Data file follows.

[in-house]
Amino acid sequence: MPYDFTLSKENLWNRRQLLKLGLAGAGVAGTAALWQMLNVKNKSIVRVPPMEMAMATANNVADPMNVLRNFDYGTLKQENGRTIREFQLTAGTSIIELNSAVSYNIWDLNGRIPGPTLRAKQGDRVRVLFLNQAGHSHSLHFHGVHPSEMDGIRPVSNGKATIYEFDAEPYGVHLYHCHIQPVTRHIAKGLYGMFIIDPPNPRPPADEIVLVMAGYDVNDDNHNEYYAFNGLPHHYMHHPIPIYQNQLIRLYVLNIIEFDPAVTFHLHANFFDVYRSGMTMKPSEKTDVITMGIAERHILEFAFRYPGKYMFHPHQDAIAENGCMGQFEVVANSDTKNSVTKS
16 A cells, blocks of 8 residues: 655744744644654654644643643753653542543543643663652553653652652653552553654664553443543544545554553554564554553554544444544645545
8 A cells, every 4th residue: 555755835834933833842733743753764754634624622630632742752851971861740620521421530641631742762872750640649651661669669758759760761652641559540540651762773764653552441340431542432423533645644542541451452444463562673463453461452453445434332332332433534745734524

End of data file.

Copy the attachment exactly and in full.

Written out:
[in-house]
Amino acid sequence: MPYDFTLSKENLWNRRQLLKLGLAGAGVAGTAALWQMLNVKNKSIVRVPPMEMAMATANNVADPMNVLRNFDYGTLKQENGRTIREFQLTAGTSIIELNSAVSYNIWDLNGRIPGPTLRAKQGDRVRVLFLNQAGHSHSLHFHGVHPSEMDGIRPVSNGKATIYEFDAEPYGVHLYHCHIQPVTRHIAKGLYGMFIIDPPNPRPPADEIVLVMAGYDVNDDNHNEYYAFNGLPHHYMHHPIPIYQNQLIRLYVLNIIEFDPAVTFHLHANFFDVYRSGMTMKPSEKTDVITMGIAERHILEFAFRYPGKYMFHPHQDAIAENGCMGQFEVVANSDTKNSVTKS
16 A cells, blocks of 8 residues: 655744744644654654644643643753653542543543643663652553653652652653552553654664553443543544545554553554564554553554544444544645545
8 A cells, every 4th residue: 555755835834933833842733743753764754634624622630632742752851971861740620521421530641631742762872750640649651661669669758759760761652641559540540651762773764653552441340431542432423533645644542541451452444463562673463453461452453445434332332332433534745734524